Rockies head athletic trainer Keith Dugger revealed that leadoff hitter Dexter Fowler and All-Star shortstop and cleanup man Troy Tulowitzki are flying to the West Coast Wednesday. If an evaluation goes their way, they will be activated for Thursday's opener of a four-game series against the Dodgers. Both played well in injury rehab games Monday and Tuesday. Fowler hasn't played since June 25 because of a right hand injury and Tulowitzki has been out since June 13 with a broken rib.
Tuesday night was a downer in so many ways, as the Rockies blew a chance to trim a game off the 4 1/2 that separate them and the National League West-leading D-backs.
The Rockies, 1-4 in what will be a 10-game NL West road trip going into the All-Star break, played their second straight game without left fielder and NL home run leader Carlos Gonzalez, who is out with a sprained middle finger on his right hand. Missing three stalwarts, the Rockies wasted six strong innings from starting pitcher Jhoulys Chacin. Also, oft-shaky reliever Wilton Lopez's seventh inning in which he gave up a run and four hits proved costly.
Stults, who appeared in six games for the Rockies in 2011, was a source of much of the Rockies' frustration. He didn't give up a hit until Josh Rutledge's infield single to open the fifth, and the run didn't come until Nolan Arenado's two-out single that scored Wilin Rosario from second with two outs in the ninth.
Trying to stay close to the National League West-leading D-backs during a brutal 10-game road trip going into the All-Star break, the Rockies had a chance to trim the 4 1/2-game distance from the top. Instead, Stults dominated and the Rockies were foils as the Padres ended their losing streak at 10 games.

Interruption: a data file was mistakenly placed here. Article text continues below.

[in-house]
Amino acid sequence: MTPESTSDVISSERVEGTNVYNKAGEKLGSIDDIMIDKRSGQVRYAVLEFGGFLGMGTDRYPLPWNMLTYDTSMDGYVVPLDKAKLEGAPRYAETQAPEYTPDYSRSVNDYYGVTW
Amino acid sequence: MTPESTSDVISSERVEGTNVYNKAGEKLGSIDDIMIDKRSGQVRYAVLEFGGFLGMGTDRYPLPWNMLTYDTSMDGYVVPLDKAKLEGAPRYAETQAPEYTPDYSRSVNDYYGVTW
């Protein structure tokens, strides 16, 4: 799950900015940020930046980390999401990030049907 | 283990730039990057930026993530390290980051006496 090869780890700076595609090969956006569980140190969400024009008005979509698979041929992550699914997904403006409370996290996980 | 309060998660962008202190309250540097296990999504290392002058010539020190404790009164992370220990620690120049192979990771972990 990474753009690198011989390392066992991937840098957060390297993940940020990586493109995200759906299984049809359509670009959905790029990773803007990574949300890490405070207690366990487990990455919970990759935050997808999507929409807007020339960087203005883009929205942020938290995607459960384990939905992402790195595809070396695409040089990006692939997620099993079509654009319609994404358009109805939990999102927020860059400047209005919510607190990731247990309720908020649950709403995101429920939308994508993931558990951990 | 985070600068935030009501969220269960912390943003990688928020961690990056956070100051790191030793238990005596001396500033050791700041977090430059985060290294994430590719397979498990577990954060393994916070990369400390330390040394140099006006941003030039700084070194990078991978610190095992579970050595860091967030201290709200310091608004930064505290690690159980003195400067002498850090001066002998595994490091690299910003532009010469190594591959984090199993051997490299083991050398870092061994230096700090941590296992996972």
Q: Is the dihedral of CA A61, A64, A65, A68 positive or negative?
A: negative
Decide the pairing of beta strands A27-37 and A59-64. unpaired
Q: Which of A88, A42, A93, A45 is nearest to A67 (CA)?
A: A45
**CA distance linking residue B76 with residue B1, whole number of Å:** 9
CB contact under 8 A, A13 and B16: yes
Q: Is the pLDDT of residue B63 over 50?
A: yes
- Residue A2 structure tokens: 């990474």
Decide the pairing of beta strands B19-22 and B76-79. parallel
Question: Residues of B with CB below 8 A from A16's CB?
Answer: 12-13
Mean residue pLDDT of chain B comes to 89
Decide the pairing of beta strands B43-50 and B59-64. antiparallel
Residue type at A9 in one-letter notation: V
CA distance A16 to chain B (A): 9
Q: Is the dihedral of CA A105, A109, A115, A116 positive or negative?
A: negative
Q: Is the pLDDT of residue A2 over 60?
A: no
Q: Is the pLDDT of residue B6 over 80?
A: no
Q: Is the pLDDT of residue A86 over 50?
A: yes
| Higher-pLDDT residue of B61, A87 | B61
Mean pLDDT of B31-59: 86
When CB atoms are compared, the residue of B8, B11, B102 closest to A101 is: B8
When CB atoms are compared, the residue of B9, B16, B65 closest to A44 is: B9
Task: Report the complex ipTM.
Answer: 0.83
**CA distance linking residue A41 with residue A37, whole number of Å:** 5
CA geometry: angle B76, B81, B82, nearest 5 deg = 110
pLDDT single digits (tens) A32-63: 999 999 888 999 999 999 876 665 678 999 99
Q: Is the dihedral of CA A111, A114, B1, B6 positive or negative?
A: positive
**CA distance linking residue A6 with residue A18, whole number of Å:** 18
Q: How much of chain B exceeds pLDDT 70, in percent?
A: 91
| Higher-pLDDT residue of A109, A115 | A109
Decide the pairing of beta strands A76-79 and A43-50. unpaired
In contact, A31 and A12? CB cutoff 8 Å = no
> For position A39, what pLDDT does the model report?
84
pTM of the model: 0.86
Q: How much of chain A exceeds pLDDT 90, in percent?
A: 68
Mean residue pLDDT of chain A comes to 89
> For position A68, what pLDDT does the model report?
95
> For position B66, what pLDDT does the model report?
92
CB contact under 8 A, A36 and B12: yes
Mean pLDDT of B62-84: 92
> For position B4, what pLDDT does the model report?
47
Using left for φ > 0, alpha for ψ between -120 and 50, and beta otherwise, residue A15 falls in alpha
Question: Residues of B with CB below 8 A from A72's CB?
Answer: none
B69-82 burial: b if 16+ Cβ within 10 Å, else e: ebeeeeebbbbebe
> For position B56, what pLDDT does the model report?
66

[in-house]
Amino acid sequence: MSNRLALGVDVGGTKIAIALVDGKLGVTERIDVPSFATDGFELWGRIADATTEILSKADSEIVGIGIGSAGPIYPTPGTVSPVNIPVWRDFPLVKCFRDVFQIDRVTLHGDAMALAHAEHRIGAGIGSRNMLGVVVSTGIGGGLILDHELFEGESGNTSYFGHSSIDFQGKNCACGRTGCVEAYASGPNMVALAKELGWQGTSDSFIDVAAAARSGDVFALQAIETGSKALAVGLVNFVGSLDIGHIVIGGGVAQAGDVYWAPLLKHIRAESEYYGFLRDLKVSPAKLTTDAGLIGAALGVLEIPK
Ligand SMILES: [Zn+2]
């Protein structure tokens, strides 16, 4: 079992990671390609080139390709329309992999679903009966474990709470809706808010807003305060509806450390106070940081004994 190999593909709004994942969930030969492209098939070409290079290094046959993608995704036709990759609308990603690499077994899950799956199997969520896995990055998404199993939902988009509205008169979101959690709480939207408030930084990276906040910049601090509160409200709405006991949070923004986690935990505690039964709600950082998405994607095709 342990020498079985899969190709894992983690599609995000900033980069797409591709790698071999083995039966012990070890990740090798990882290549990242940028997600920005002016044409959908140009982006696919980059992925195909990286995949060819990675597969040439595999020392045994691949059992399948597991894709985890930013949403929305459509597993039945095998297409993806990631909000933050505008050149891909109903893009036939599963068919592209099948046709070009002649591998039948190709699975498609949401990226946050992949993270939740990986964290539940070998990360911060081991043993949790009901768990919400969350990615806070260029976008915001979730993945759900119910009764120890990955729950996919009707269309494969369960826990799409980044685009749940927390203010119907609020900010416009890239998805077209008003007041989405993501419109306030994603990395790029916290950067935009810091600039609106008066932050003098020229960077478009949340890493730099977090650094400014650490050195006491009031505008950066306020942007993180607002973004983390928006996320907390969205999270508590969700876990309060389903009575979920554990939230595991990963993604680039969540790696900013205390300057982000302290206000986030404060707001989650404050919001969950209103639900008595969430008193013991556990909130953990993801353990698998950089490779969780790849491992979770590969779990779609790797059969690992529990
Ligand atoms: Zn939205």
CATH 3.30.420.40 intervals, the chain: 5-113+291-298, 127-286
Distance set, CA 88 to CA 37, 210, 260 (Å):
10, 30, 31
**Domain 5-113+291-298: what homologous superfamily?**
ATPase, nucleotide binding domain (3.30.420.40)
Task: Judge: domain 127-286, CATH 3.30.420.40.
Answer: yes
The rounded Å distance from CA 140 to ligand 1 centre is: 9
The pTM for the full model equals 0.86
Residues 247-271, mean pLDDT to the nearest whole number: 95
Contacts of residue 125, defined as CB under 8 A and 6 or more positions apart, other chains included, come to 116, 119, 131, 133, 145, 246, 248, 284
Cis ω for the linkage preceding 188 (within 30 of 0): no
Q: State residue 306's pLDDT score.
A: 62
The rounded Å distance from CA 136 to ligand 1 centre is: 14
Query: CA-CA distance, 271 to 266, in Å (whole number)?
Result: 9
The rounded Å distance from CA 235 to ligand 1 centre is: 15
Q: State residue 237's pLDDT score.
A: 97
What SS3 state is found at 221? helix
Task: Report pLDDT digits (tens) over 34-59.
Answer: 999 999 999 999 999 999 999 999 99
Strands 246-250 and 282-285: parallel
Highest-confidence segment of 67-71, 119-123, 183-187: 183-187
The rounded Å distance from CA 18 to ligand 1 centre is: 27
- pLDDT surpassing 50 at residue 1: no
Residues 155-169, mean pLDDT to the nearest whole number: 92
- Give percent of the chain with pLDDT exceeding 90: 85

On this road trip, the Rockies have struggled against pitchers of all ilk. The D-backs swept them in three games, as prospect Tyler Skaggs led a shutout, 5-0, up-and-down Wade Miley flew high in an 11-1 victory, and All-Star Patrick Corbin struck out 10 in a 6-1 win.
Stults isn't an All-Star, but he has been no slouch, especially at Petco -- 4-0, 1.17 ERA since May 7. After losses at Miami and Boston, he welcomed a trip to his friendly and familiar surroundings.
"I felt like tonight the big thing for me was my tempo felt good, better than it did in Miami or Boston," Stults said. "My fastball down and away was the best that it's been."
But the Rockies helped him, also.
"We didn't have a very good approach tonight as a team," Rockies veteran Michael Cuddyer said. "That's the best answer I can give you. We swung at too many pitches."
Swinging or not, the Rockies haven't been effective. Here are some of the numbers during this road trip for some of Tuesday's starters: DJ LeMahieu 0-for-17, Jordan Pacheco 0-for-14, Tyler Colvin 2-for-12, Rutledge 1-for-12. Arenado, the usual starter at third, improved to 2-for-14 with his RBI single.
Chacin gave up five hits and struck out four, and yielded his only run in the third. Stults singled, and Everth Cabrera beat out a possible double play. Then Alexi Amarista tripled into the right-center power alley to plate Amarista. After walking Chase Headley, Chacin struck out Carlos Quentin and forced Jesus Guzman into an inning-ending grounder.
Beyond that, Chacin was smooth, but the Rockies' philosophy is to keep pitchers around the 100-pitch mark. He threw 97 through six, and admitted envy while watching Stults' count climb.
"I knew they were going to take me out," Chacin said. "Stults threw 126 pitches and threw a complete game. That's just different styles and sides. That's what made me frustrated. You just do the most you can do."
The Rockies' philosophy works only if the pitchers are collectively effective. But Lopez threw an uneven seventh that started with Will Venable's double, included Lopez saving a run when he nabbed Stults' squeeze bunt with runners at the corners and flipped to the plate to retire Venable, and gave up Amarista's bases-loaded single for a 2-0 disadvantage.
Acquired in a trade from the Astros, where he was a groundball-forcing closer, Lopez has seen balls lifted into the outfield and innings go awry. He has given up runs in half of his last 12 outings and pitched himself out of a role protecting leads. Tuesday, letting the Padres double their lead led to a Rockies loss.
"It's been that way a lot for him," Rockies manager Walt Weiss said. "He gave up some soft hits again today, but it was good to see him minimize that inning and just give up one. He certainly had to battle through that inning. It looks like some two-seamers were elevated more than he wanted."